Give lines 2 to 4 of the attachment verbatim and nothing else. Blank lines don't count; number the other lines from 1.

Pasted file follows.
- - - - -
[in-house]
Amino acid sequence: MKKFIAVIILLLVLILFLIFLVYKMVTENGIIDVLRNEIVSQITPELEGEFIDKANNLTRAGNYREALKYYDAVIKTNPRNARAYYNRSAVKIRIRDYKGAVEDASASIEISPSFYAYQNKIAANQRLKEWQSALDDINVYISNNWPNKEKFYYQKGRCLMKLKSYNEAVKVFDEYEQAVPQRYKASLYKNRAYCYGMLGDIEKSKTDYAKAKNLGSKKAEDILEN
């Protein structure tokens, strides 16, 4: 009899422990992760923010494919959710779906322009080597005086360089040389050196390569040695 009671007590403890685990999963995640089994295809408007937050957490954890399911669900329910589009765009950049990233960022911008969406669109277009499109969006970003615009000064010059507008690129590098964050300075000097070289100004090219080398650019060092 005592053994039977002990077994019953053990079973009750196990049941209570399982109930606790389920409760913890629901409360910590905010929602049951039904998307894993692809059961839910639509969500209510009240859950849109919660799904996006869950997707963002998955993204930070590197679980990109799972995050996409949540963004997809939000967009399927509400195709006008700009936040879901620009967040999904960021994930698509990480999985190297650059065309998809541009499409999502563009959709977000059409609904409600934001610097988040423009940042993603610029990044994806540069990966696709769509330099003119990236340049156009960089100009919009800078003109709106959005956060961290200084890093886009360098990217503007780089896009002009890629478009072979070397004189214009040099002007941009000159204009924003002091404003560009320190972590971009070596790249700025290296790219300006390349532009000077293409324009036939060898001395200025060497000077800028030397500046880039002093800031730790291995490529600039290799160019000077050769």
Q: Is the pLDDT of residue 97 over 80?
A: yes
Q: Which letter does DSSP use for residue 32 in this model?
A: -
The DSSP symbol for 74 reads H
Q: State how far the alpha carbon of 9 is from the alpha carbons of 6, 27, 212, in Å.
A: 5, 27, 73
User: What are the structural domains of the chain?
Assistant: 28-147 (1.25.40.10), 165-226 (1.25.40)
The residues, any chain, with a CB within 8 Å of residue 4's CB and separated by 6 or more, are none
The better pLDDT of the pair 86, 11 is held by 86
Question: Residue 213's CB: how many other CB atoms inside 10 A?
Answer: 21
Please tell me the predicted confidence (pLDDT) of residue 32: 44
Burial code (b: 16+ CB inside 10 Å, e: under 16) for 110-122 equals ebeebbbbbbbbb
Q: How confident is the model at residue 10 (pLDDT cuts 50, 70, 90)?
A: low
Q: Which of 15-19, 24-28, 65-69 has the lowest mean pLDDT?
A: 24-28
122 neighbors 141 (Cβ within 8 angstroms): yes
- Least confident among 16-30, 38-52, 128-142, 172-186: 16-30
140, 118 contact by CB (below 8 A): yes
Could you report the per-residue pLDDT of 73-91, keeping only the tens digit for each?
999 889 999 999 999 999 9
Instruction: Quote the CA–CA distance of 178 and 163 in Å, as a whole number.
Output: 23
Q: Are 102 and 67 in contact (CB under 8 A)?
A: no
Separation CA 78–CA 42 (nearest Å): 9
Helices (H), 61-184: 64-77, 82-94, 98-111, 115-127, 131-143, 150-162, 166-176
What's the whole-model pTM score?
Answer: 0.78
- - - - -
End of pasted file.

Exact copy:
Amino acid sequence: MKKFIAVIILLLVLILFLIFLVYKMVTENGIIDVLRNEIVSQITPELEGEFIDKANNLTRAGNYREALKYYDAVIKTNPRNARAYYNRSAVKIRIRDYKGAVEDASASIEISPSFYAYQNKIAANQRLKEWQSALDDINVYISNNWPNKEKFYYQKGRCLMKLKSYNEAVKVFDEYEQAVPQRYKASLYKNRAYCYGMLGDIEKSKTDYAKAKNLGSKKAEDILEN
């Protein structure tokens, strides 16, 4: 009899422990992760923010494919959710779906322009080597005086360089040389050196390569040695 009671007590403890685990999963995640089994295809408007937050957490954890399911669900329910589009765009950049990233960022911008969406669109277009499109969006970003615009000064010059507008690129590098964050300075000097070289100004090219080398650019060092 005592053994039977002990077994019953053990079973009750196990049941209570399982109930606790389920409760913890629901409360910590905010929602049951039904998307894993692809059961839910639509969500209510009240859950849109919660799904996006869950997707963002998955993204930070590197679980990109799972995050996409949540963004997809939000967009399927509400195709006008700009936040879901620009967040999904960021994930698509990480999985190297650059065309998809541009499409999502563009959709977000059409609904409600934001610097988040423009940042993603610029990044994806540069990966696709769509330099003119990236340049156009960089100009919009800078003109709106959005956060961290200084890093886009360098990217503007780089896009002009890629478009072979070397004189214009040099002007941009000159204009924003002091404003560009320190972590971009070596790249700025290296790219300006390349532009000077293409324009036939060898001395200025060497000077800028030397500046880039002093800031730790291995490529600039290799160019000077050769």
Q: Is the pLDDT of residue 97 over 80?